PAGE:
One way that early maltreatment experiences may alter a child's ability to interact positively with others is by altering brain neurochemical balance. Research on children who suffered early emotional abuse or severe deprivation indicates that such maltreatment may permanently alter the brain's ability to use serotonin, which helps produce feelings of well-being and emotional stability (Healy, 2004).
Altered brain development in children who have been maltreated may be the result of their brains adapting to their negative environment. If a child lives in a threatening, chaotic world, the child's brain may be hyperalert for danger because survival may depend on it. But if this environment persists, and the child's brain is focused on developing and strengthening its strategies for survival, other strategies may not develop as fully. The result may be a child who has difficulty functioning when presented with a world of kindness, nurturing, and stimulation.
Neglect—Lack of Stimulation
While chronic abuse and neglect can result in sensitized fear response patterns, neglect alone also can result in other problems. Malnutrition is a classic example of neglect. Malnutrition, both before and during the first few years after birth, can result in stunted brain growth and slower passage of electrical signals in the brain (Shonkoff & Phillips, 2000). This is due, in part, to the negative effect of malnutrition on the myelination process in the developing brain (ZERO TO THREE, 2009). The most common form of malnutrition in the United States, iron deficiency, can affect the growing brain and result in cognitive and motor delays, anxiety, depression, social problems, and attention problems (Shonkoff & Phillips, 2000).
Although neglect often is thought of as a failure to meet a child's physical needs for food, shelter, and safety, neglect also can be a failure to meet a child's cognitive, emotional, or social needs. For children to master developmental tasks in these areas, they need opportunities, encouragement, and acknowledgment from their caregivers. If this stimulation is lacking during children's early years, the weak neuronal pathways that had been developed in expectation of these experiences may wither and die, and the children may not achieve the usual developmental milestones.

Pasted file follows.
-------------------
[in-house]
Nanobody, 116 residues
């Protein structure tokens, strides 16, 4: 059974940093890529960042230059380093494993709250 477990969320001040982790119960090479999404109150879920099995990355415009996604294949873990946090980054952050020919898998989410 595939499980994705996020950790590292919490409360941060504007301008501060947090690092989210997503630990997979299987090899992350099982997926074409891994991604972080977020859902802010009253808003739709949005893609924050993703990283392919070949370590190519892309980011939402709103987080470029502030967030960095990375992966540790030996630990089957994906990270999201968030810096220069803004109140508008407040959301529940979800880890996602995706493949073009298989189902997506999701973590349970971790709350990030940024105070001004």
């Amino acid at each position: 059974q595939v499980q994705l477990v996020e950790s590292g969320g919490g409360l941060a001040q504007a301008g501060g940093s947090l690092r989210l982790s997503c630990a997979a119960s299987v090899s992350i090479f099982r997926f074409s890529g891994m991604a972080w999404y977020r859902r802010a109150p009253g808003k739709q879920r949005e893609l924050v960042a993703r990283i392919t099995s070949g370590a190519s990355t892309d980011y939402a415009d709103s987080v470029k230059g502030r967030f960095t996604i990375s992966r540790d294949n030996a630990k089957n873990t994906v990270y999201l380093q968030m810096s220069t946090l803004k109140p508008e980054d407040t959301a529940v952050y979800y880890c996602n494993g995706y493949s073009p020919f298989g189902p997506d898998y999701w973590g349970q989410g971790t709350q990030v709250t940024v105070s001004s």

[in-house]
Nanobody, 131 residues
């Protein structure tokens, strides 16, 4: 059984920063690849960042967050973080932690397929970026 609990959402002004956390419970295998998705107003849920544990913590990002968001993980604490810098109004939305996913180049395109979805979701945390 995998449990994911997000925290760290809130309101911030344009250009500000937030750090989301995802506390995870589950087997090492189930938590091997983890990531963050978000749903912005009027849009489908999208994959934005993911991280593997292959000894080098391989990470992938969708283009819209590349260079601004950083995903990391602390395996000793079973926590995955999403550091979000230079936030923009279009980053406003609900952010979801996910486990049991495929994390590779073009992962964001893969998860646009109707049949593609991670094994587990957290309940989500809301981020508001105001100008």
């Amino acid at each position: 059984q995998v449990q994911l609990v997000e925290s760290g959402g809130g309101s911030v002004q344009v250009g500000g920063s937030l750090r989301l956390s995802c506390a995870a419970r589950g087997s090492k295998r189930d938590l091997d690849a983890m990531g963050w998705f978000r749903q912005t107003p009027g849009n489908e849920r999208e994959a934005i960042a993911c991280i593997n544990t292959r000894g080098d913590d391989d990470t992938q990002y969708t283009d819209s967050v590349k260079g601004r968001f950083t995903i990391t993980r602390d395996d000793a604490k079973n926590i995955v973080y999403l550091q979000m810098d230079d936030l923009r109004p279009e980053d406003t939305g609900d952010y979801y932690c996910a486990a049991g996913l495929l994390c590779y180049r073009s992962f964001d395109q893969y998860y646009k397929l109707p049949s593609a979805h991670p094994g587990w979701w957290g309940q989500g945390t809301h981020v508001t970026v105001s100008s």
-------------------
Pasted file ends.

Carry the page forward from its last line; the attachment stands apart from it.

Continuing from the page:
For example, babies need to experience face-to-face baby talk and hear countless repetitions of sounds in order to build the brain circuitry that will enable them to start making sounds and eventually say words. If babies' sounds are ignored repeatedly when they begin to babble at around 6 months, their language may be delayed. In fact, neglected children often do not show the rapid growth that normally occurs in language development at 18-24 months (Scannapieco, 2008). These types of delays may extend to all types of normal development for neglected children, including their cognitive-behavioral, socio-emotional, and physical development (Scannapieco, 2008).
Researchers use the term "global neglect" to refer to deprivations in more than one domain, i.e., language, touch, and interaction with others. Children who were adopted from Romanian orphanages in the early 1990s were often considered to be globally neglected; they had little contact with caregivers and little to no stimulation from their environment—little of anything required for healthy development. One study found that these children had significantly smaller brains than the norm, suggesting decreased brain growth (Perry, 2002). (See Exhibit 2.)
"These images illustrate the negative impact of neglect on the developing brain. In the CT scan on the left is an image from a healthy 3-year-old with an average head size. The image on the right is from a 3-year-old suffering from severe sensory-deprivation neglect. This child's brain is significantly smaller than average and has abnormal development of cortex." These images are from studies conducted by a team of researchers from the Child Trauma Academy led by Bruce D. Perry, M.D., Ph.D. (Reprinted with permission.)
This type of severe, global neglect can have devastating consequences. The extreme lack of stimulation may result in fewer neuronal pathways available for learning. The lack of opportunity to form an attachment with a nurturing caregiver during infancy may mean that some of these children will always have difficulties forming meaningful relationships with others (Perry, 2001a). But these studies also found that time played a factor—children who were adopted as young infants have shown more recovery than children who were adopted as toddlers (Rutter, et al., 2000).